Ecological water science activities in the Delaware River Basin WaterSMART Focus Area will broaden the capabilities of an integrated decision support system (known as DSS) by modeling the effects of alternative water management scenarios on habitat availability for key native species such as trout and American shad, and endangered species such as the dwarf wedgemussel. Field and laboratory experiments are being conducted to develop habitat suitability criteria that model how key aquatic species will physiologically respond to changes in temperature and hydrology. To accomplish this, modeled estimates of habitat characteristics are also being developed for a large portion of the Delaware River mainstem across a range of discharge levels using advanced aerial technologies such as bathymetric LiDAR imagery. Planned work with the decision support system will help identify data gaps, evaluate the feasibility of extending the modeled area further down the mainstem, and provide options for several alternative water management scenarios. Additionally, a concerted effort is underway to define relations between hydrologic alteration and aquatic community response in tributaries of the upper watershed. Streamflow models are being developed to estimate baseline and present day streamflow conditions at all ungaged watersheds throughout the upper basin and relations between changes in streamflow process and aquatic community response for a defined set of steam types will be developed.
The Upper Verde River is serving as the pilot basin for ecological water analysis in the Colorado River Basin WaterSMART Focus Area, and plans are to conduct similar studies in two or three additional sub-basins. A model is being developed to test the availability of habitat needed to support different types of aquatic species under different flow volumes and aquifer levels. The analysis includes determining the hydrologic record and how far the seasonal hydrology departs from the historic record. Studies are also examining the status of the native and nonnative species and a water budget, including groundwater, that will help identify stream reaches vulnerable to drying.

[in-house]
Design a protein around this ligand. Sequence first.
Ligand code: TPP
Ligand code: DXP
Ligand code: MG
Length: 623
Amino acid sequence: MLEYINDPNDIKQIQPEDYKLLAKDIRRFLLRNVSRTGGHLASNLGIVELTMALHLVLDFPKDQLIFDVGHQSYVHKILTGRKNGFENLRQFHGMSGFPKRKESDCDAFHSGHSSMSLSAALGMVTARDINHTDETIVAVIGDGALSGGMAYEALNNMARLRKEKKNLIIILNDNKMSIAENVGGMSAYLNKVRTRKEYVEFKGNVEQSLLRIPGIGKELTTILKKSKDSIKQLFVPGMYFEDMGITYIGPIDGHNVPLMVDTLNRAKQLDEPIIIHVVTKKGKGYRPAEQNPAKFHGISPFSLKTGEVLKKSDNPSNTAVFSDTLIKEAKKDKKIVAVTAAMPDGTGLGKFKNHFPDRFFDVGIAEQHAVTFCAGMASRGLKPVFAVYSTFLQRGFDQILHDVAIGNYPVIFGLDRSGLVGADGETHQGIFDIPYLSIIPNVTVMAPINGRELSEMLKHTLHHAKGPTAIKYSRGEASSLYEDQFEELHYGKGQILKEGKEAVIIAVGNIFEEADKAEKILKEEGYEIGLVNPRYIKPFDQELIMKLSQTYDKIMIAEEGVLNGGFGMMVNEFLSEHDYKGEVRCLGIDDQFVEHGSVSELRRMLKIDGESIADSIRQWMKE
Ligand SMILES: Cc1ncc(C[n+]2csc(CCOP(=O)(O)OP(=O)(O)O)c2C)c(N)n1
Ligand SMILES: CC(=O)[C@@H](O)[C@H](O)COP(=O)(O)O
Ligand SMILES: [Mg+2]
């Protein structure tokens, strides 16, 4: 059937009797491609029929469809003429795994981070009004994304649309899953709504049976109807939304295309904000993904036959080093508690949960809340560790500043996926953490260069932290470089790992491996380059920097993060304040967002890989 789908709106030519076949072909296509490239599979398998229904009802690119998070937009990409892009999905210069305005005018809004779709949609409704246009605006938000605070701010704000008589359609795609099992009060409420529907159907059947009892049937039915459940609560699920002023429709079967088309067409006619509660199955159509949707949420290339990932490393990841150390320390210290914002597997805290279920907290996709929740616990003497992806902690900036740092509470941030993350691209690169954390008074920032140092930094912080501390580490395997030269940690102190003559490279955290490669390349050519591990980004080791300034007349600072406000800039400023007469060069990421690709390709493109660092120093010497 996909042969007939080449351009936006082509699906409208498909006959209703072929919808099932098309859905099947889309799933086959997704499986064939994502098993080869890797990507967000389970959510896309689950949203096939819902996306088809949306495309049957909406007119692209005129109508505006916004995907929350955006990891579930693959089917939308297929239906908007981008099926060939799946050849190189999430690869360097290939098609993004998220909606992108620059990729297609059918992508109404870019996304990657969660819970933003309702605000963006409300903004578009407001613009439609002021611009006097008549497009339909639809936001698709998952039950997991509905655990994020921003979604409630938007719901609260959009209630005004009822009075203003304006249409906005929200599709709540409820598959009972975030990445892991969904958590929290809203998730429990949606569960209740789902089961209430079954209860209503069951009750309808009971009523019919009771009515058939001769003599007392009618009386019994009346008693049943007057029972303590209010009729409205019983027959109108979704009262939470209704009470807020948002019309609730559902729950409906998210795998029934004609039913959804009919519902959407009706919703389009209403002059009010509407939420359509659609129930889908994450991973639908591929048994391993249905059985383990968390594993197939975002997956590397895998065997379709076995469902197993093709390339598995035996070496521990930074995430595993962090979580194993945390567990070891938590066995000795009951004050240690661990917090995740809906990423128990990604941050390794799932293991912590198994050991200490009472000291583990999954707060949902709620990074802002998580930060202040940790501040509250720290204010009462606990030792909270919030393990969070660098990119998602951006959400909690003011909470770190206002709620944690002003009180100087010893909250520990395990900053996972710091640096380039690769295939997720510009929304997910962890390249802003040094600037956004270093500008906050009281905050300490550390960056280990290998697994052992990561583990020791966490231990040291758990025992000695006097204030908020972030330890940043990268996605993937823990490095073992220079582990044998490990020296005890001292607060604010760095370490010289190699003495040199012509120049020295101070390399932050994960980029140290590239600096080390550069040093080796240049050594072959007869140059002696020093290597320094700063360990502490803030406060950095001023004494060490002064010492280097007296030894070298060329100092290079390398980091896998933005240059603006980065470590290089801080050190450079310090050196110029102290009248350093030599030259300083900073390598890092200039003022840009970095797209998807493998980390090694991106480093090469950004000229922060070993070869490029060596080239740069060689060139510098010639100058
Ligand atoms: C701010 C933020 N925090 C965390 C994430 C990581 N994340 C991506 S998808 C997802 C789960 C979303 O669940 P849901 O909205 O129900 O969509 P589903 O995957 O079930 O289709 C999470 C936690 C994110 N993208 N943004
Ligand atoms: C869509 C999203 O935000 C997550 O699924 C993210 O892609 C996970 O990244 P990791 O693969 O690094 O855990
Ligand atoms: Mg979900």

Poff, N.L., Richter, B.D., Arthington, A.H., Bunn, S.E., Naiman, R.J., Kendy, E., Acreman, M., Apse, C., Bledsoe, B.P., Freeman, M.C., Henrik-sen, J.A., Jacobson, R.B., Kennen, J.G., Meritt, D.M., O'Keeffe, J., Olden, J.D., Rogers, K.H., Tharme, R.E., and Warner, A.T., 2010, The Ecological Limits of Hydrologic Alteration (ELOHA): A new framework for developing regional environmental flow standards: Freshwater Biology: v. 55, p. 147-170 (Also available at http://dx.doi.org/10.1111/j.1365-2427.2009.02204.x).